The earthquake had just hit the island of Hispaniola. This earthquake shook the island and the infrastructure of Puerto Price was shattered and crumbled. So many had died, and complete chaos has ensured as medical care and basic food and shelter was not gone for many who were already living on the edge of poverty, hunger and homelessness. Mary and I had just started to try to have a baby but felt we could help and committed to go. We decided to go to help in the massive tent cities that were being set up. We could get bags of clothes and medical supplies and then help in the camps.
Dominicans and Haitians have struggles with violence and disputes for many generations. Haiti controlled the Island of Hispaniola for almost 22 years and in many areas of the country the Dominicans think the Haitiansare trying to take over their country through massive immigration. The Dictator Rafael Trujillo who controlled the island for years actually tried to whiten the island through bringing in white immigrants and also killed thousands of Haitians and would even persecute Dominicans who harbored Haitians along the border. This tension still exists in many areas along the border where Haitians and Dominicans see each other and treat each other with disdain
We left Miami traveled to Santo Domingo and rented a large SUV. Because we were trying to have a child, we decided not to take the Malaria medicine that can stave off Malaria in tropical areas like D.R. or Haiti. We spoke to Dominicans in the town of Los Blancos and others in Santo Domingo. The Dominicans had seen the strife in Haiti and realized that they desperately needed help. The Dominicans got the best of what they had and loaded up in the trucks with us. Friends, Pica, Pa Chulo and others from my time in the Peace Corps came with us. They loaded up musical instruments and drums. I thought to myself “why the instruments”. This community is dying and struggling music is not a basic need. I went along with it as we loaded up and headed out. We passed through the border where throngs of Haitians were trying to get through to D.R. to escape. You could see the wild look in people’s eyes as they wondered what was next for them. We traveled to the outskirts of Port-au-Prince to a town walled Fonds-Parisien (An Orphanage area where they were taken in homeless Haitians). There had been amputations, broken legs, death and hunger. We worked our way through the tents and started to get to work. We gave the goods we had and started to set up temporary medical shelters and also tarps and tents for shelter. After working with the Dominicans in the hot sun and we sat down with our group and a few Haitians. We started to play music and sing. A small crowed started to gather around and then the Haitians started to join clap and dance and sing. One grabbed the drums and started to play. Then a young Haitian asked one of our Dominican friends for the guitar. He started to strum a song and you could see the Haitians turn their head and start to clap and beat the rhythm. Then the singing started, the Haitians starting to sing their anthem and other Haitian songs. They got loud and louder and then they were singing their hearts out. There were Americans, French, Dominicans and Haitians all started to sing together. Haitian Creole didn’t make it any less difficult for people to start humming along and singing. There were not many dry eyes and I could not help but shed a tear that despite all the death, despair and pain, music had brought us all together in hope on that day.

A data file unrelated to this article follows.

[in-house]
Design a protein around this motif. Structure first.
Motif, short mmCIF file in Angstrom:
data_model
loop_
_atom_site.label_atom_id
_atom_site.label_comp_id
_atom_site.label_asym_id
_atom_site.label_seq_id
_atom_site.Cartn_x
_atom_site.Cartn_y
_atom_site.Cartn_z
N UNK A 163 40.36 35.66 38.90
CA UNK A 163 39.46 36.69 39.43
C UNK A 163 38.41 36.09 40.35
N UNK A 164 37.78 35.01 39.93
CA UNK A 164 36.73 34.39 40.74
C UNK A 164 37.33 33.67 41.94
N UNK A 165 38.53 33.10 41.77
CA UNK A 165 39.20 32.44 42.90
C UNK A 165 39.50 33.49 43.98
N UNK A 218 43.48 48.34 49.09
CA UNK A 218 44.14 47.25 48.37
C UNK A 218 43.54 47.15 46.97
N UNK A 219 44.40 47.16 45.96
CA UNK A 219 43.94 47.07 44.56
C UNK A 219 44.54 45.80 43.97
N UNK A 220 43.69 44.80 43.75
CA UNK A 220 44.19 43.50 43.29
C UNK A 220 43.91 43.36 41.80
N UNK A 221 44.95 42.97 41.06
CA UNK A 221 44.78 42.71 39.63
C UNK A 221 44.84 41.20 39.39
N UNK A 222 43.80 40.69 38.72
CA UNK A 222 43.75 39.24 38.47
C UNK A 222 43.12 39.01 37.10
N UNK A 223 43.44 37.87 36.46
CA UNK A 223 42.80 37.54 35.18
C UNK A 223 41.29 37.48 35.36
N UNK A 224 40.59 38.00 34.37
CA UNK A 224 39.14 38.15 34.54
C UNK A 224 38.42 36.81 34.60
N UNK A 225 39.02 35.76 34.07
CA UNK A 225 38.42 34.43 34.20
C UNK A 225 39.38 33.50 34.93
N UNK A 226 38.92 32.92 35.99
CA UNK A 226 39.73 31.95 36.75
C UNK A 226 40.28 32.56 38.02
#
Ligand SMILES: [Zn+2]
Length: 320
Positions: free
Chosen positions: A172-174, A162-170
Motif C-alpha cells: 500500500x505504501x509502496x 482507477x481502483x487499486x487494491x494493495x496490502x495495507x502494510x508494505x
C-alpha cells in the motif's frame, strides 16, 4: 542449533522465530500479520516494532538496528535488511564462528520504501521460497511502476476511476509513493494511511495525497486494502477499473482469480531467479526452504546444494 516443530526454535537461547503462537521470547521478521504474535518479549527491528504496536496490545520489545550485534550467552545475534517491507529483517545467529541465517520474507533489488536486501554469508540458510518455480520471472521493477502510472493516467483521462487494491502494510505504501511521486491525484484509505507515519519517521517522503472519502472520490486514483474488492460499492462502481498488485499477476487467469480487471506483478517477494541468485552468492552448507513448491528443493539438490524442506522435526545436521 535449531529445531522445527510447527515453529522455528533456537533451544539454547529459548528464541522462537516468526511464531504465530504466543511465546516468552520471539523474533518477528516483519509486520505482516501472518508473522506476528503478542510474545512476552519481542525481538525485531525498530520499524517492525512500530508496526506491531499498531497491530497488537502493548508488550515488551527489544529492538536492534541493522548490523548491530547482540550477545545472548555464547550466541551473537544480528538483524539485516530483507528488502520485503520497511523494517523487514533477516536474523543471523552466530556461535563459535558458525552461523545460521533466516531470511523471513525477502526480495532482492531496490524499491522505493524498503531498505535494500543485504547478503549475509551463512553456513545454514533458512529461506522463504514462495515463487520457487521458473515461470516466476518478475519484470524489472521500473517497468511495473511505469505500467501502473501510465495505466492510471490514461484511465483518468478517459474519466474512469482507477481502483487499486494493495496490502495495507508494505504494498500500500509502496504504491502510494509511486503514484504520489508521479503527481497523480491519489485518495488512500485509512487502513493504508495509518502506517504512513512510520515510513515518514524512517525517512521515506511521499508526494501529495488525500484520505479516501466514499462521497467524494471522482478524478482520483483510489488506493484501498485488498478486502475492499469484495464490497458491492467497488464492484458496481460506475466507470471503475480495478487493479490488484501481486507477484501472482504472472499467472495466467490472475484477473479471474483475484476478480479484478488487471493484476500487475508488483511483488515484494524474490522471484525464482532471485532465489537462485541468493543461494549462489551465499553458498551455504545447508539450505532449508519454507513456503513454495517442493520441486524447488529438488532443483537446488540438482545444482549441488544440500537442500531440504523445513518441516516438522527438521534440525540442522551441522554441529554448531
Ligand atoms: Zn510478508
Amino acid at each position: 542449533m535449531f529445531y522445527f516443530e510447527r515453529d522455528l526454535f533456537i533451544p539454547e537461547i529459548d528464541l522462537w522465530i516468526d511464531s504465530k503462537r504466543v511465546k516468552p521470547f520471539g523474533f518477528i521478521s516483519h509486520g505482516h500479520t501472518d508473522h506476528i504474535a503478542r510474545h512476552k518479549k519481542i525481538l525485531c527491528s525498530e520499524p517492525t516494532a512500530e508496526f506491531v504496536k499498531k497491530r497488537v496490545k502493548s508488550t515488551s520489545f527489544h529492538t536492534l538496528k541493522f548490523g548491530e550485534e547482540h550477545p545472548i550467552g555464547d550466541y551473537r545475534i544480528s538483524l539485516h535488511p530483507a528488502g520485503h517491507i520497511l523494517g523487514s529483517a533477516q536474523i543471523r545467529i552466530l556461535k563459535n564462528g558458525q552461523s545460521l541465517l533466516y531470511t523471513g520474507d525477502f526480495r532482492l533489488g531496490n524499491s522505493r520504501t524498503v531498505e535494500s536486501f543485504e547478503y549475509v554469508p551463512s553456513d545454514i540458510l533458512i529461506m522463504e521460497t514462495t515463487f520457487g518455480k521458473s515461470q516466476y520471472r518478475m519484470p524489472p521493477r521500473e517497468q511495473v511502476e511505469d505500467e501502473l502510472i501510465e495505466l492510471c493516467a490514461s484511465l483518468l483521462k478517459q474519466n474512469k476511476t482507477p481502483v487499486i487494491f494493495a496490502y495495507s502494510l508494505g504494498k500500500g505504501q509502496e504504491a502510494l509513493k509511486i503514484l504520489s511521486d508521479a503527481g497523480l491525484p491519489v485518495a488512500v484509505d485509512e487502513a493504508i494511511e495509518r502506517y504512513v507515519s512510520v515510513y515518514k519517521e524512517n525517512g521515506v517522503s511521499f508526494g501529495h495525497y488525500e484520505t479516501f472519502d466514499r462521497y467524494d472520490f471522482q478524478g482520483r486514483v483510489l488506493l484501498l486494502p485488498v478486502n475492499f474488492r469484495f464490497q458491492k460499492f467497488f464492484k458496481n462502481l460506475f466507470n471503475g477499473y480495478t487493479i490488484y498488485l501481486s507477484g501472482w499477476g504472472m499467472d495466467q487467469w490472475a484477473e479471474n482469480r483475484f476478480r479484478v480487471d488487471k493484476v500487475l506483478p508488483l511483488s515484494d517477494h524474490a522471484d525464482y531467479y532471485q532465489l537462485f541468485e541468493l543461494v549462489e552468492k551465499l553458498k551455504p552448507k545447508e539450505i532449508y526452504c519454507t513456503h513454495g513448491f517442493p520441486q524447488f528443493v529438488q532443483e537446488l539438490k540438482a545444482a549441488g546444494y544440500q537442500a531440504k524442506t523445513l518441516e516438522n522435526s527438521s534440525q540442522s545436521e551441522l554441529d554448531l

Family in the aftermath
We got in our trucks and started to head back. As I navigated the roads around Lago Enriquillo (Lake Enriquillo) en route back through Jimani the boarder city that connects the Dominican and Haiti in the south part of the Hispaniola I felt deep sadness for the families we had me but also felt hope in the hope they had shown us. The trip back is rocky and bumpy but my wife Mary was abnormally white in the face. I thought back to the decision not to take the malaria medicine and felt sure that she had either Dengue Fever or Malaria and it was my fault for putting her at risk. I felt terrible for her as she was suffering. We got back to the U.S. and Mary went into the Doctor. I went by the office to pick something up then went to meet here at the house. Mary grabbed me and looked me in the eye, she didn’t have malaria. We were having a baby, a little baby girl, Caroline!!
A few months ago I brought my 8 year old daughter, Caroline to the Dominican Republic with me. I will never forget the look on her eyes as she played with Dominican and Haitian children. I remembered back to years ago and the incredible experience of love, hope music and unity despite such devastation and despair.
For one day music united an island and gave hope that surpasses understanding and Mary and I would never be the same.